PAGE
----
Thursday, 30 July 2009
The voting took place till July 28th and it is now over. The final results have been published on their site and I am very excited to have made it to the top 100!
Congratulations to the many other blogs published by virtual and real friends I have made over the years which have also been shortlisted!
You can explore the Top 100 Language Blogs list by clicking on the button below.
Tuesday, 7 July 2009
Blogging is about communicating. And communicating has mainly been done through words, but also through images… because “an image is worth a thousand words”.
Blogging is greatly enhanced by the use of images. And the use of images brings us to the concern about copyright. Although you cannot use any image you come across, there are sources of images which you can use, share and modify for different purposes. These enabling licenses are grouped under the term Creative Commons.
Here’s a short video explaining the basics of how Creative Commons works.
The second step is where to get these images from. You can use the Creative Commons Search engine to find them at http://search.creativecommons.org/ which performs a search in several image hosting sites and aggregators such as Flickr and Google Images. And you will probably find something interesting ready to be used.
Another interesting image search tool that works with Flickr images is called Tag Galaxy. It allows you to refine your search until you are satisfied and it then shows the results as a dynamic 3D sphere of images which you can turn to see them all. In this case, you will need to check the copyright license of each of the images you are interested in.
But finding the right image may not be enough. If the license allows it you can modify it. But how?
There are two options:
1- Modifying the image by using a photo editor to add certain effects to the image.
2- Selecting only a part of the image you have. An interesting tool to do screen captures of whole computer screens or parts of it is called Jing .
This is only a very brief introduction to the topic of working with images and there are many tools available to work with them. Remember that images bring a text alive!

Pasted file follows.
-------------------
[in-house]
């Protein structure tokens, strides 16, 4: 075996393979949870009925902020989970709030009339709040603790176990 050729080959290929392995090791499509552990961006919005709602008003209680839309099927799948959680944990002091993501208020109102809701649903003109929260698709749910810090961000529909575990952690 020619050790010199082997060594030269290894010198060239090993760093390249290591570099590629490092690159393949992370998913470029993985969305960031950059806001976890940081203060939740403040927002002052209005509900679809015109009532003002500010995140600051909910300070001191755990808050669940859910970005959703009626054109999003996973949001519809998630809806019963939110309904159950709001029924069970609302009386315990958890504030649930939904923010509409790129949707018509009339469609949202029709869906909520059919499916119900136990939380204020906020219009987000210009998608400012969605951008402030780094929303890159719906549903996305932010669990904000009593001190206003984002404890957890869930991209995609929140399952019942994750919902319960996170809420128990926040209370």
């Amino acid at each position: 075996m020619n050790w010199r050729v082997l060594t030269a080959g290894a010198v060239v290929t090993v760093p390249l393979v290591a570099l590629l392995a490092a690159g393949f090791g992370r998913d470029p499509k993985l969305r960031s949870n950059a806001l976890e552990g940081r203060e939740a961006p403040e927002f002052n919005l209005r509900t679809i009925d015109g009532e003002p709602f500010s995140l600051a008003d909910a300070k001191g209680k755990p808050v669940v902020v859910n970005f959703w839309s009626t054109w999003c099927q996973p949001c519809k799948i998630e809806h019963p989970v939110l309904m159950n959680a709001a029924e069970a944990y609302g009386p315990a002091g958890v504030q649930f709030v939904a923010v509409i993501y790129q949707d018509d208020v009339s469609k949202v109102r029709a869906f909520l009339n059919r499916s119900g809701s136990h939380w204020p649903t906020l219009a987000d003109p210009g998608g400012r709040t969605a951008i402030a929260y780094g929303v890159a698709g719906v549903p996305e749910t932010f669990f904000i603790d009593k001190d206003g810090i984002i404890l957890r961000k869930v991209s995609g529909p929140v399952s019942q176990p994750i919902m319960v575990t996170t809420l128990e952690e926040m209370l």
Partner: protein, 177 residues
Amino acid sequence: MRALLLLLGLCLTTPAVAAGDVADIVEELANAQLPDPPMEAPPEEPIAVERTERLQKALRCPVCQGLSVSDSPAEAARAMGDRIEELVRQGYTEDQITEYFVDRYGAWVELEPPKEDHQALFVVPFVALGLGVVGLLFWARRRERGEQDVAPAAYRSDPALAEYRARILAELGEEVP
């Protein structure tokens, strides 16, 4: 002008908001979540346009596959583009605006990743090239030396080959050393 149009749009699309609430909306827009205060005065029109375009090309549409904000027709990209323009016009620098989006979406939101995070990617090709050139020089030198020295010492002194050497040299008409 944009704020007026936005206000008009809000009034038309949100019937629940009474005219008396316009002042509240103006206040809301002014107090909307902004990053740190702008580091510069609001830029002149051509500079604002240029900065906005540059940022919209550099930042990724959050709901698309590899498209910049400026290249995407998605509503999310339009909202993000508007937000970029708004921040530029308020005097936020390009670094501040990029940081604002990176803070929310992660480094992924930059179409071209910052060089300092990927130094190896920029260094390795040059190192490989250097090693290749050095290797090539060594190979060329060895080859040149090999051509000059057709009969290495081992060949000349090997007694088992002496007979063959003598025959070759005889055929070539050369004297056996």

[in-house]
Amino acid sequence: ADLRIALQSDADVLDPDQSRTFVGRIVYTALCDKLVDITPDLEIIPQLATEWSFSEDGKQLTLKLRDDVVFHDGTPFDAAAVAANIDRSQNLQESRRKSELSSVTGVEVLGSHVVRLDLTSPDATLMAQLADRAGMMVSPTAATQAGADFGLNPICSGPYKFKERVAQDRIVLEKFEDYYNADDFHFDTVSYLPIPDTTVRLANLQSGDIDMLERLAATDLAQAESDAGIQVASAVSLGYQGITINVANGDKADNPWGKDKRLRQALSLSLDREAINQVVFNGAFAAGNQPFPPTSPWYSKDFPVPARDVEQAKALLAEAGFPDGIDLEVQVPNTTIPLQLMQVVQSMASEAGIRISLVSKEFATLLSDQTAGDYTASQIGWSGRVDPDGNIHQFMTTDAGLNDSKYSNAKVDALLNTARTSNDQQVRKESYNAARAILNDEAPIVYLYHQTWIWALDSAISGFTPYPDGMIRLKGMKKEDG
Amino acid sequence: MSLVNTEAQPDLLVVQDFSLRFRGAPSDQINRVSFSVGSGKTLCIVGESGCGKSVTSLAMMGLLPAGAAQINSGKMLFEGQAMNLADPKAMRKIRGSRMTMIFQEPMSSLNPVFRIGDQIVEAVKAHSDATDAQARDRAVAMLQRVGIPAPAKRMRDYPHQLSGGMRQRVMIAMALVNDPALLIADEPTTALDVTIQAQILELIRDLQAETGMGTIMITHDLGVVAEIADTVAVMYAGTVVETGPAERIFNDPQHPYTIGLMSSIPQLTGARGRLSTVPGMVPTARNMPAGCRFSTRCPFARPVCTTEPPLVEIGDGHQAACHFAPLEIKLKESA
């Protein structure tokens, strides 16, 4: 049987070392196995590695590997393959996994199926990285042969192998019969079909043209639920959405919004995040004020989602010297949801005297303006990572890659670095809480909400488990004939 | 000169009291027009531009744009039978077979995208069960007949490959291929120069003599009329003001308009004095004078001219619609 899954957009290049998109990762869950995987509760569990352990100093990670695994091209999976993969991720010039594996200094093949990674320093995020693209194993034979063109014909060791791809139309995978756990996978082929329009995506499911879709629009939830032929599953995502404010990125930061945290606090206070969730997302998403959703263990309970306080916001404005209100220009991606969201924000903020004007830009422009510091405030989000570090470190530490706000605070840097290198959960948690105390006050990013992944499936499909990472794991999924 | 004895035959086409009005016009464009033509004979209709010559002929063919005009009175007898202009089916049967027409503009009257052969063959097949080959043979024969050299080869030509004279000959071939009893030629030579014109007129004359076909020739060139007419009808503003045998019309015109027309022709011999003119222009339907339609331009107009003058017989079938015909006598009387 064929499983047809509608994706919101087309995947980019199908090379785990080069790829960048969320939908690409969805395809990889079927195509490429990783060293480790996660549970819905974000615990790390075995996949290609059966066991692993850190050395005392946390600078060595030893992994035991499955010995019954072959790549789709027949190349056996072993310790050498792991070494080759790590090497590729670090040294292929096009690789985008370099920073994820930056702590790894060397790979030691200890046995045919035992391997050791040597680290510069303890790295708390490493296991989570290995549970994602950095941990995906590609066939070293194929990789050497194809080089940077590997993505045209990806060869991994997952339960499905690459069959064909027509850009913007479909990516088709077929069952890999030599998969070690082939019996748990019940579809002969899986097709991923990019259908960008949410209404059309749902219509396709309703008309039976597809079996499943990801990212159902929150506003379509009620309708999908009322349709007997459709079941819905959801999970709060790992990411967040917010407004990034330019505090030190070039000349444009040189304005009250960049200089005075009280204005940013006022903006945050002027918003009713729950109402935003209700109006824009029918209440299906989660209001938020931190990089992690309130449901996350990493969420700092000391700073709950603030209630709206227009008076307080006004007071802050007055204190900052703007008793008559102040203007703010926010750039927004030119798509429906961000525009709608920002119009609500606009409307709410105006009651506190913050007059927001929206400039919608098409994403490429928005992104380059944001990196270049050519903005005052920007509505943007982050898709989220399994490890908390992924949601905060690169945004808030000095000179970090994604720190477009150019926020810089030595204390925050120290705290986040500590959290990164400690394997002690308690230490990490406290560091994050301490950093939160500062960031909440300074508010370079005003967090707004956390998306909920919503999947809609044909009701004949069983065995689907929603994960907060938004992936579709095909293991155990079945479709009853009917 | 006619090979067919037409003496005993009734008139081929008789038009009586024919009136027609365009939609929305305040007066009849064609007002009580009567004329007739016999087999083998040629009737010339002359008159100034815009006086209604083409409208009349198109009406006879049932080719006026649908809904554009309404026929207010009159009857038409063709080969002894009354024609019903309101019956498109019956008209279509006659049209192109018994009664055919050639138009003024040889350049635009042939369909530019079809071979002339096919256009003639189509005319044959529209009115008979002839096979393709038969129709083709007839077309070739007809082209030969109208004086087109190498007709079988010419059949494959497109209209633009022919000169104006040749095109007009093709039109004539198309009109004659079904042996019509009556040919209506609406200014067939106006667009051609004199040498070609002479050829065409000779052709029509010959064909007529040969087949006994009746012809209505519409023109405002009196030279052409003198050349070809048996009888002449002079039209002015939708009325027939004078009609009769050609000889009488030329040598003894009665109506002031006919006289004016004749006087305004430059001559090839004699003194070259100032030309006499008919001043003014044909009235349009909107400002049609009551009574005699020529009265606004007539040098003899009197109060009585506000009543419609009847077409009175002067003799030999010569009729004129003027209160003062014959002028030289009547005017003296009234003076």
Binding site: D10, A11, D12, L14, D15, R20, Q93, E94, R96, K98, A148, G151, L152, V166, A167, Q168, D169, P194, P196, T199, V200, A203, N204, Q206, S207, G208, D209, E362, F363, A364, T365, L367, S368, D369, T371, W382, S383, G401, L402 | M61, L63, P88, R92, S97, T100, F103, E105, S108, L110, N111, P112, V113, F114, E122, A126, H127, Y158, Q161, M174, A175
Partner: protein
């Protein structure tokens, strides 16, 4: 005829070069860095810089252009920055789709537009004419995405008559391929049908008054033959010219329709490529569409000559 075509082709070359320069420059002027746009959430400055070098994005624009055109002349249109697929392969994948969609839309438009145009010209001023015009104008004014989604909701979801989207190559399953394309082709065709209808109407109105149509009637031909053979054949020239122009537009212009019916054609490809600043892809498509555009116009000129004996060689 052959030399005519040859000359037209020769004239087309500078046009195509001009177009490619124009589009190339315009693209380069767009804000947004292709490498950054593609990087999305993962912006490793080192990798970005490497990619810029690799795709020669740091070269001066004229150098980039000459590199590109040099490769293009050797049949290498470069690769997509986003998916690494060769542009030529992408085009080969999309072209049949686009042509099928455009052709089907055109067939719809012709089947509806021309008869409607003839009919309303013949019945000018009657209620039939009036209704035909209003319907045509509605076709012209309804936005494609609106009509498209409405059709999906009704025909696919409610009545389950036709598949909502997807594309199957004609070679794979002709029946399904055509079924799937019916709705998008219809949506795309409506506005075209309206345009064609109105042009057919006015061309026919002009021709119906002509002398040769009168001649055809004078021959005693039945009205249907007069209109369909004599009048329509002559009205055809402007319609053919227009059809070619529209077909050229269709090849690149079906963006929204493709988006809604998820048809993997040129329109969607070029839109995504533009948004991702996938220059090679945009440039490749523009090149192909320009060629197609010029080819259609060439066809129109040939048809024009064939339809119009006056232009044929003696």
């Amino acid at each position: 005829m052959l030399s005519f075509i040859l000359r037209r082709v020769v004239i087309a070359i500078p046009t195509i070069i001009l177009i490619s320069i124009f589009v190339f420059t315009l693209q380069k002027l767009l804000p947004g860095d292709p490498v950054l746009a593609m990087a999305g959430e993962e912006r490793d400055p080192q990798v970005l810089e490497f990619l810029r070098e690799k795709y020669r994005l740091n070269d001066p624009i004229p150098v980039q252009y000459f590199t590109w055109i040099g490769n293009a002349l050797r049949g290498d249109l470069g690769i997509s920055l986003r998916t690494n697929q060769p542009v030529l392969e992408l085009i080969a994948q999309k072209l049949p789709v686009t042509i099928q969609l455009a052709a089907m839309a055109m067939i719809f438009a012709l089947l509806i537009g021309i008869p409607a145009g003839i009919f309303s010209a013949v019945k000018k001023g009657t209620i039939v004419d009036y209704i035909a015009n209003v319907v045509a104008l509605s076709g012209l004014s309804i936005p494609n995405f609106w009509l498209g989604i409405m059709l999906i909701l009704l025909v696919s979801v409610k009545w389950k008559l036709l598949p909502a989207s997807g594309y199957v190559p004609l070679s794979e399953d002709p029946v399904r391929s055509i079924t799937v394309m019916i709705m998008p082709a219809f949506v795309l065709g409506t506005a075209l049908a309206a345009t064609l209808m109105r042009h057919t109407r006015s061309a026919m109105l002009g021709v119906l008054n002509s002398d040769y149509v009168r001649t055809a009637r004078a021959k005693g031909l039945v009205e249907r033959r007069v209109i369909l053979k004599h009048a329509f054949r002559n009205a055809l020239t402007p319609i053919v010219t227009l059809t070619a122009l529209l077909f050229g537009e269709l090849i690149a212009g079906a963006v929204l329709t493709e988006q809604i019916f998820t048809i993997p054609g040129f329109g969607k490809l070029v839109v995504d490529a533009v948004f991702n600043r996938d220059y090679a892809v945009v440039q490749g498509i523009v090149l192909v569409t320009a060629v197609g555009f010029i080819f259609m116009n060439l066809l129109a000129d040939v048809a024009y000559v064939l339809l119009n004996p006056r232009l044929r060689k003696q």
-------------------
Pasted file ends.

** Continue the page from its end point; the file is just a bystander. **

Monday, 6 July 2009
An important thing about how Wordle organises the display of words is that the size of each word in the display is related to that word's frequency in the text you enter. So that, if you want to enter a list of vocabulary items for a topic, you might want to enter the topic word a few times so that it appears bigger than the others. If, however, you are working with text from another source, the resulting Wordle will show that the bigger the words, the more frequent their appearance in the text you entered.
Here's my top 7 uses for Wordle (in no particular order)
1- Entering a speech and analysing the ideas in it. For example, if you entered Barack Obama's acceptance speech, you would see what ideas were more important in his speech by looking at the bigger words. You could also compare his acceptance speech and his inauguration speech to see if there were many differences (as shown in the pictures below).
2- Analysing a literary character either by entering his/her own words in the literary work or by asking students to create a list of describing words for this character.
3- Revising vocabulary by entering a list of words related to a topic.
4- Analysing language use in writing essays by entering a whole essay text and checking for repeated words and concepts.
5- Entering the whole text for a book you are reading in order to: a) make predictions about the book before reading, or b) analysing themes after reading the book.
6- Creating a personal profile to introduce themselves at the beginning of the school year.
7- Creating a visual display of your subject's content to show in the classroom. In this case NLE stands for New Learning Environments.
Great ideas come with experimentation! Start Wordling!!!